We will answer those questions, together, in time. Today, though, I can tell you why I’m in, regardless.
As I stated before, it is very clear that my clients need effective services, we need to work with them before they turn 16. Your clients need effective services. They do not need to know who is doing what behind the scenes. There should be no wrong door. Families should not have to hit the reset button when their child turns 7. Youth in crisis should not have to navigate a system that we ourselves do not know inside out. We have an obligation to produce outcomes in a fiscally responsible way and integration will help us do this.
It will not be easier to work together. In fact, it will take time and effort and I can think of many reasons why it will be too hard, but the one and only reason that should be on the top of our minds is that the outcomes will be exponentially better for our kids and youth 0 -24 years old. I am willing to make room in my schedule to be linked to this framework. In fact, I have already committed hours to its development, because I believe in the benefits that it will achieve for my organization and for my clients: young people in Peel.
As an Executive Director of a small organization that has an enormous impact on the community, being a part of this framework could mean that I will learn of services and initiatives in the Region that I can link with to complement my strategic plan. Perhaps we will unite social housing organizations in Peel so that we can make better referrals that will mean my client is not sleeping on the street tomorrow. Maybe my staff will be able to piggy back on a training opportunity that secures more professional development value than we could ever achieve on our own.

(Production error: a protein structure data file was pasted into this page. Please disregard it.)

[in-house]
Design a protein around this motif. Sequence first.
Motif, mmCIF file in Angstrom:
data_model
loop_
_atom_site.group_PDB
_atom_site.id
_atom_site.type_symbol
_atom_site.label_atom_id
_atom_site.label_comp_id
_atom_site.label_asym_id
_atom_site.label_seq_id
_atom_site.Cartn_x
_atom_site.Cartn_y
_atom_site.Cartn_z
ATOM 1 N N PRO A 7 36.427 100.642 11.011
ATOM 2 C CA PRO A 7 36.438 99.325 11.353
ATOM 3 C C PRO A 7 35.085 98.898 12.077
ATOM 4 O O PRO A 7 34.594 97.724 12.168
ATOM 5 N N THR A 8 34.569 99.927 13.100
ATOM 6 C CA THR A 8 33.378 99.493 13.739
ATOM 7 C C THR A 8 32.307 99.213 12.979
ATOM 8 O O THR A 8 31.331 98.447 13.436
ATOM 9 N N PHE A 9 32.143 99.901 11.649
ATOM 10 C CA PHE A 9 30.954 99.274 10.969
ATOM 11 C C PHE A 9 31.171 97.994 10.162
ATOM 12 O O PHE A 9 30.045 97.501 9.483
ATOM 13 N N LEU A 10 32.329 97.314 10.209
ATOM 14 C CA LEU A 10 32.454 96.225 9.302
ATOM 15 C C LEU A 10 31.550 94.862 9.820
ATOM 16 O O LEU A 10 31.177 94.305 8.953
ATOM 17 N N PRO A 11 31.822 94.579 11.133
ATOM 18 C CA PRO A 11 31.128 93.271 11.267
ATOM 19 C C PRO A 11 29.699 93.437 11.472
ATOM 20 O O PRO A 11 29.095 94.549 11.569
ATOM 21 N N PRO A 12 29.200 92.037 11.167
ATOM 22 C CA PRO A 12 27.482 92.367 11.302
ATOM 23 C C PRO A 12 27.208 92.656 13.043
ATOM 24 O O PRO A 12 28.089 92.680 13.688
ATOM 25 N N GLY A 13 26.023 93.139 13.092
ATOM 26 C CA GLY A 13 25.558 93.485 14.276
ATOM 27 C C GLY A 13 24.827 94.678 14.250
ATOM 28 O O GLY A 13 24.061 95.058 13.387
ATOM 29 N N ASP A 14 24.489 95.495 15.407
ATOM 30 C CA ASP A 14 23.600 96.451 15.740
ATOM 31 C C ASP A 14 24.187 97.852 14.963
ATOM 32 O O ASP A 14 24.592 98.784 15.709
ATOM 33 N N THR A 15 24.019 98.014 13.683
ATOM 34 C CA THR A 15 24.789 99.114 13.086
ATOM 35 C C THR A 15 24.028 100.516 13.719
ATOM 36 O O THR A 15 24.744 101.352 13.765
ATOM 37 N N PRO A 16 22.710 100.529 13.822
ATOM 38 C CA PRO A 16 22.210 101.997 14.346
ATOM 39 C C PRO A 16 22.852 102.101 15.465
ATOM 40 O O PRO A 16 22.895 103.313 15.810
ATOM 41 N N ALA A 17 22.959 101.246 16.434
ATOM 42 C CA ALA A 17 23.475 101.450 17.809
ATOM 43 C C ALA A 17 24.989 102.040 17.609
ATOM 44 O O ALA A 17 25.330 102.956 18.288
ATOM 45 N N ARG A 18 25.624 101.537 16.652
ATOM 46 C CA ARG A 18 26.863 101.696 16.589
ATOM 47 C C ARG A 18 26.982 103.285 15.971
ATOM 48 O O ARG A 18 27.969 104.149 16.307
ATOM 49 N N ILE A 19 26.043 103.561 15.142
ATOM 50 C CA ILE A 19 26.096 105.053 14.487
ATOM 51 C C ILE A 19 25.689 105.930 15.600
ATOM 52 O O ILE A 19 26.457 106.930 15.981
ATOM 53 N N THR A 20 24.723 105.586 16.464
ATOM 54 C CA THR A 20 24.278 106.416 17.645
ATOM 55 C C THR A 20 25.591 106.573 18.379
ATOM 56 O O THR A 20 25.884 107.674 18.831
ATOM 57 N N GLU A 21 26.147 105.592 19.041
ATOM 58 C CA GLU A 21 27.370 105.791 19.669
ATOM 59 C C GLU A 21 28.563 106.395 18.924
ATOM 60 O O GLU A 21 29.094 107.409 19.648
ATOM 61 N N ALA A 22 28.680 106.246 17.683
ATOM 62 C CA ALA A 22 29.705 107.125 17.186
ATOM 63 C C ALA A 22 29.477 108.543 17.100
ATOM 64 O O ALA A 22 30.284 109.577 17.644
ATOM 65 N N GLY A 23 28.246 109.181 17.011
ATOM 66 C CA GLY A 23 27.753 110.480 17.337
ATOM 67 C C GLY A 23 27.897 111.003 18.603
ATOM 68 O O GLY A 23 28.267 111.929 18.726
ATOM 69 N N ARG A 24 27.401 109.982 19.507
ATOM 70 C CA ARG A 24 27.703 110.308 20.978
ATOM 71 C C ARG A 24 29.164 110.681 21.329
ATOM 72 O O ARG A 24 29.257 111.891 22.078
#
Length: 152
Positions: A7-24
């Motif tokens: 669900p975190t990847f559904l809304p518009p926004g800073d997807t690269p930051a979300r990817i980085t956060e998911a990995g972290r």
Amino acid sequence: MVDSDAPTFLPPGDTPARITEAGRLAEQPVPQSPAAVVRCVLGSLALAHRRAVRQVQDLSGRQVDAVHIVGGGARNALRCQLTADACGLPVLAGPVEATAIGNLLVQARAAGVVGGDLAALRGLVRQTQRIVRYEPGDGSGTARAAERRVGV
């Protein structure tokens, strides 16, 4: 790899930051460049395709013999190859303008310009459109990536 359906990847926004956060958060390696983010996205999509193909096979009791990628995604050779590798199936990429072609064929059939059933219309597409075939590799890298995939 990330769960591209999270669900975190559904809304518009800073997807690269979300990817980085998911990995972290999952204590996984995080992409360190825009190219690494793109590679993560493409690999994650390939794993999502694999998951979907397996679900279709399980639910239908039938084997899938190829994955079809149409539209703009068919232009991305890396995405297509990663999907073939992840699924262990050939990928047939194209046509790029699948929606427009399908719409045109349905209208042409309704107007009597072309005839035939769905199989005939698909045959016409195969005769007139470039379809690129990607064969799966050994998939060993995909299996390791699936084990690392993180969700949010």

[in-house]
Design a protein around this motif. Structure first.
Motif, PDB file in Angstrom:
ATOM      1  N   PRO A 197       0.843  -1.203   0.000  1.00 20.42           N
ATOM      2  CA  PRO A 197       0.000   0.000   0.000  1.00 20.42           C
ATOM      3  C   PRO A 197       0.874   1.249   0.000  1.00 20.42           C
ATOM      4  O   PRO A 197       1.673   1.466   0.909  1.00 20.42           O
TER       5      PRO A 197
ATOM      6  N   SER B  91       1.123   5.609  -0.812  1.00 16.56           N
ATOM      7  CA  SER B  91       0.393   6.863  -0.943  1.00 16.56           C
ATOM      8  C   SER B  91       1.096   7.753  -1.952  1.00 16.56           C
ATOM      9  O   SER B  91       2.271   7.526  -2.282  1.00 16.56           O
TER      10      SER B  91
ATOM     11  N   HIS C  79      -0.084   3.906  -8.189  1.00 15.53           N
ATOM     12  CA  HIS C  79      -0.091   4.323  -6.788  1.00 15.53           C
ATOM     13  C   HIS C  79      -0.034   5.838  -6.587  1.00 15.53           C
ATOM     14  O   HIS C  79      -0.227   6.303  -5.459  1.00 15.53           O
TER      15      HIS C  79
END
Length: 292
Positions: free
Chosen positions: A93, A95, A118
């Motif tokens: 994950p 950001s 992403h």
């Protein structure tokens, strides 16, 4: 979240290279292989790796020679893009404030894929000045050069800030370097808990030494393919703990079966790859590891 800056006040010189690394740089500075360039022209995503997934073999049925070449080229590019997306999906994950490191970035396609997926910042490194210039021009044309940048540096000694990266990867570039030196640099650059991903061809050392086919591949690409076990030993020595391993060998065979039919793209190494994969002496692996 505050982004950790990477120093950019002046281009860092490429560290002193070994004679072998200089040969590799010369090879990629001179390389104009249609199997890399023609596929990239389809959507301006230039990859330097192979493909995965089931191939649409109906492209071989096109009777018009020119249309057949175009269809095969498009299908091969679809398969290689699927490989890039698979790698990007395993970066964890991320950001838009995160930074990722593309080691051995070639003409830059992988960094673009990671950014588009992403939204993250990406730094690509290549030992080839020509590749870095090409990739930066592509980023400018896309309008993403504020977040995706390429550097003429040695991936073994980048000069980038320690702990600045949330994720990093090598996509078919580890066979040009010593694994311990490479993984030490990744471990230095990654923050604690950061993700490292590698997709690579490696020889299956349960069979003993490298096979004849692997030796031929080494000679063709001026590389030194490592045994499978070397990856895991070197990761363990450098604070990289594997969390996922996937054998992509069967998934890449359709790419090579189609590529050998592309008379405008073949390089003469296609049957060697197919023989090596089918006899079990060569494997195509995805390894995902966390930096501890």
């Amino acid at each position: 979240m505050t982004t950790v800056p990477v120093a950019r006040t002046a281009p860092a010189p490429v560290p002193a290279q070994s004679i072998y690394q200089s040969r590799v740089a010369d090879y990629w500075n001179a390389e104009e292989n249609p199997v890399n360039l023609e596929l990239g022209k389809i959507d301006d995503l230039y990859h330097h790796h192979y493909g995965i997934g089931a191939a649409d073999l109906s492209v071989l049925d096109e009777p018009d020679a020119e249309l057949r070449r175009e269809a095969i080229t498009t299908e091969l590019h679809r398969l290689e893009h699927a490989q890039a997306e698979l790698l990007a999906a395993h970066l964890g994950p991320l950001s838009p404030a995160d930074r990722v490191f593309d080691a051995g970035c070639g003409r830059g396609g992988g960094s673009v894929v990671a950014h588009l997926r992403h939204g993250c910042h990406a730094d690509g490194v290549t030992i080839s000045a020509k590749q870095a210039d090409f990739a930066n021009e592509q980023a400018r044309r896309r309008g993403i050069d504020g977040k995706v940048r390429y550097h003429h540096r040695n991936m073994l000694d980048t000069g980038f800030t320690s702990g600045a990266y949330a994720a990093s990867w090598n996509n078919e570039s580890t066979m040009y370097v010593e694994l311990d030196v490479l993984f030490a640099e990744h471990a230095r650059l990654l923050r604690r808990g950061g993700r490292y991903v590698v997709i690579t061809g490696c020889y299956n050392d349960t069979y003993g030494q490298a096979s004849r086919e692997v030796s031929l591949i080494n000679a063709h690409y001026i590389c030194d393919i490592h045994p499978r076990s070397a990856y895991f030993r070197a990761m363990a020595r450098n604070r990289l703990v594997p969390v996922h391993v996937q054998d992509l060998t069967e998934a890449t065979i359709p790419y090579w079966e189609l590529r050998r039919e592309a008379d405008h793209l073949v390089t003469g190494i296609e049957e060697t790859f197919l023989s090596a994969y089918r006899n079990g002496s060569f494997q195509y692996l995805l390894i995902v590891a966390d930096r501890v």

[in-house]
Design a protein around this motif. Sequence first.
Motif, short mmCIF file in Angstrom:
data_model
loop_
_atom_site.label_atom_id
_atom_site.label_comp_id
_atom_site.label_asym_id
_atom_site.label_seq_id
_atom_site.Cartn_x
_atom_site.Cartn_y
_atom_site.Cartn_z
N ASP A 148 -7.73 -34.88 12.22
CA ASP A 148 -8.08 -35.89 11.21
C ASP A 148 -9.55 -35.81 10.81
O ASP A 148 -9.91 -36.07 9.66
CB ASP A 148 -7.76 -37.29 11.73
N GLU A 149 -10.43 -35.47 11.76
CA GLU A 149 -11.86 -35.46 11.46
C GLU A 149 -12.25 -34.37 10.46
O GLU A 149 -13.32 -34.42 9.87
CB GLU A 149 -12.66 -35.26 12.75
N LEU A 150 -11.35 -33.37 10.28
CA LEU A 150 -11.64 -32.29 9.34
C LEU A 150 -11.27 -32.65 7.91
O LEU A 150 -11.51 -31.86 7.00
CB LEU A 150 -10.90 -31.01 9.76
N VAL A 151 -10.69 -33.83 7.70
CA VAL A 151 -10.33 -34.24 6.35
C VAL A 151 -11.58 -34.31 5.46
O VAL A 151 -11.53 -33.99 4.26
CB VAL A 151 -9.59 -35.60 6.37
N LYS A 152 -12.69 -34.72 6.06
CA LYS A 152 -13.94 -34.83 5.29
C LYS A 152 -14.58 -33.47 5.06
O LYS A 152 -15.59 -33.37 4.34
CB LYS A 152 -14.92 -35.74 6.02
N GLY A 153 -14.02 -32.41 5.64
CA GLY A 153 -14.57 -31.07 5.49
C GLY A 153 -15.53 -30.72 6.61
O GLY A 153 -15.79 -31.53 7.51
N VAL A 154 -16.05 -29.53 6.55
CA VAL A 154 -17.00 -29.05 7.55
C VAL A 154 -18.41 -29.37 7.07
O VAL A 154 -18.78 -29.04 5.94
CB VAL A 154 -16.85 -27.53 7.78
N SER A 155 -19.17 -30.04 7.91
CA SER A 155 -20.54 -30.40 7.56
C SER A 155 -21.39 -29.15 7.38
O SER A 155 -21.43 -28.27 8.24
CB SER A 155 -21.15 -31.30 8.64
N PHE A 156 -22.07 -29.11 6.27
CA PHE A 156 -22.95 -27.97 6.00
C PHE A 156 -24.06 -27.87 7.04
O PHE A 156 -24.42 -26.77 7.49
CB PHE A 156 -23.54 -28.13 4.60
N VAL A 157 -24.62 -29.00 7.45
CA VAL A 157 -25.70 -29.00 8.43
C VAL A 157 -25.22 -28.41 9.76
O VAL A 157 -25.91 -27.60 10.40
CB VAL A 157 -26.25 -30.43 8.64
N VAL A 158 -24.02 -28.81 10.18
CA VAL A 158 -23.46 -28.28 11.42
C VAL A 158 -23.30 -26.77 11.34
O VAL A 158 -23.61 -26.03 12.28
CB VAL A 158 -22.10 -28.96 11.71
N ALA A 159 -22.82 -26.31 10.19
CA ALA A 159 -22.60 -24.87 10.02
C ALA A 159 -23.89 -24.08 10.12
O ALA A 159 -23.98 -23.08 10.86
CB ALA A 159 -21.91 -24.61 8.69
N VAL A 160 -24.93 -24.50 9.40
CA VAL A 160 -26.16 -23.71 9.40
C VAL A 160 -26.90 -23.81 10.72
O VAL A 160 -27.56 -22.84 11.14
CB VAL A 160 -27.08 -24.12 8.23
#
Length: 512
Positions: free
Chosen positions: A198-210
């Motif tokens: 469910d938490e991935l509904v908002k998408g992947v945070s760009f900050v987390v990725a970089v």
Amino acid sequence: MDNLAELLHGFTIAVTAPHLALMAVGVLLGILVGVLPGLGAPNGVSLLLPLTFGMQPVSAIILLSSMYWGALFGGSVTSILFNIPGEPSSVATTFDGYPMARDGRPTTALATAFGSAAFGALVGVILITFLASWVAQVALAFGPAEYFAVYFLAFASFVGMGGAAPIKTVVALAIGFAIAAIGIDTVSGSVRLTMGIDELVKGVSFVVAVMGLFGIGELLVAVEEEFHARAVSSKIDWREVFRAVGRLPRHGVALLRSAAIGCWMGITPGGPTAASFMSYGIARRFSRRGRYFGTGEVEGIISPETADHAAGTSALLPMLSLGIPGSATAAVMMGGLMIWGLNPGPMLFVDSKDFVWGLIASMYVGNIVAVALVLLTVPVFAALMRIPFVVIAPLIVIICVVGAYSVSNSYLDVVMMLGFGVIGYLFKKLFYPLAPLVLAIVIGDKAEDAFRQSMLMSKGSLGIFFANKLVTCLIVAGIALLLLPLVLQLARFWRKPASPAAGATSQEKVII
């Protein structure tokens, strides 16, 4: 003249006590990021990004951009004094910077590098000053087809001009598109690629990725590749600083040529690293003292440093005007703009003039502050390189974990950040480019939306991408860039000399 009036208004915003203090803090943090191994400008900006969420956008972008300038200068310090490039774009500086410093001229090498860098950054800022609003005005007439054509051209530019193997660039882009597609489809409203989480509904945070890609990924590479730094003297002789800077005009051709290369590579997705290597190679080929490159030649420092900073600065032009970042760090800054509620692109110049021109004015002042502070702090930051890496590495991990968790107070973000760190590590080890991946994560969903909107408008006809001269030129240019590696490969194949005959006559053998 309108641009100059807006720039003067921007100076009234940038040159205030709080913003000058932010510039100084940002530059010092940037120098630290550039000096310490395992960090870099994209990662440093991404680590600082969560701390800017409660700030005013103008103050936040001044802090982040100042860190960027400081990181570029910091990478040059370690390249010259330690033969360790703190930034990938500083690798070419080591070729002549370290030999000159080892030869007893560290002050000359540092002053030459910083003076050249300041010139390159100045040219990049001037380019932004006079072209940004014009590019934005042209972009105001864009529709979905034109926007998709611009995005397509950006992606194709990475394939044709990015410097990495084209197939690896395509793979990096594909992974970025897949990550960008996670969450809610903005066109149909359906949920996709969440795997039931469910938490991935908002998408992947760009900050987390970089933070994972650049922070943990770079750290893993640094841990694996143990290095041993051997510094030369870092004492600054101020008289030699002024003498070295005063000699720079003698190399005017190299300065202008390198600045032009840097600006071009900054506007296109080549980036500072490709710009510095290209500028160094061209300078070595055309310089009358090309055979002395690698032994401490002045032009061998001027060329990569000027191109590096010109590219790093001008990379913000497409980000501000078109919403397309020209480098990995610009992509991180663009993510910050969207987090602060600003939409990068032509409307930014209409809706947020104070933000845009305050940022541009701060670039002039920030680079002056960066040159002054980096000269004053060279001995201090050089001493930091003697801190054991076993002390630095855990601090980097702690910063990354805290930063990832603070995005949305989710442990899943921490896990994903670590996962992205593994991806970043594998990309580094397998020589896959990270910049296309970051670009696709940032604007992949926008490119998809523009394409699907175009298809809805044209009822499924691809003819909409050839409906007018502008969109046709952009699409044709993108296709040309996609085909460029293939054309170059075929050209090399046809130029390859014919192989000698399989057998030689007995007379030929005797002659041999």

The possibilities are endless and the benefits more than justify the room I need to make at the margins to participate.
Throughout this process, I often wondered that if there was an integrated system for kids and youth, a seamless one where they don’t fall through the cracks and one in which services don’t stop due to funding requirements, and we started working with our kids before they turned 16, maybe our youth would stay in school, maybe they wouldn’t turn to drugs or alcohol to deal with their issues and maybe they wouldn’t become homeless at all and Our Place Peel wouldn’t need to exist.
So what I am asking is for you take the first step with me today. Commit to the concept with the understanding that it will evolve and strengthen over time. Join me in this journey that we are embarking on today.
As a dynamic leader in the non for profit sector with 15 years of experience, Christy Upshall became the Executive Director at Our Place Peel in September 2003. As Executive Director, Christy oversees all aspects of the organization, including the residential programs, fundraising, fiscal responsibility and providing leadership support to the management team. Christy works with a Board of Directors to ensure that the agency’s goals, values and mission are being met and b can lead the agency into further expansion.
After completing her BA from the University of Western Ontario and her Diploma in Child and Youth Work from Humber College, Christy decided to pursue a career working for a non-profit organization which supported youth. She chose Our Place Peel because it offers a one of a kind program in the Region of Peel, helping empower youth and putting the youths’ needs first and foremost.
Christy finds it very rewarding to see youth build the confidence to meet and exceed the goals they set for themselves and to look into the future with a positive outlook. “OPP is extremely important for the community as we are the only emergency shelter for homeless youth within the Region of Peel,” says Christy. “The Region has grown over the years and the need to support youth who are in need of shelter or who are at-risk is more important than ever. We have to recognize that youth are not just leaders of tomorrow but also of today and, at the end of the day, our young people will be the ones who will shape the future.”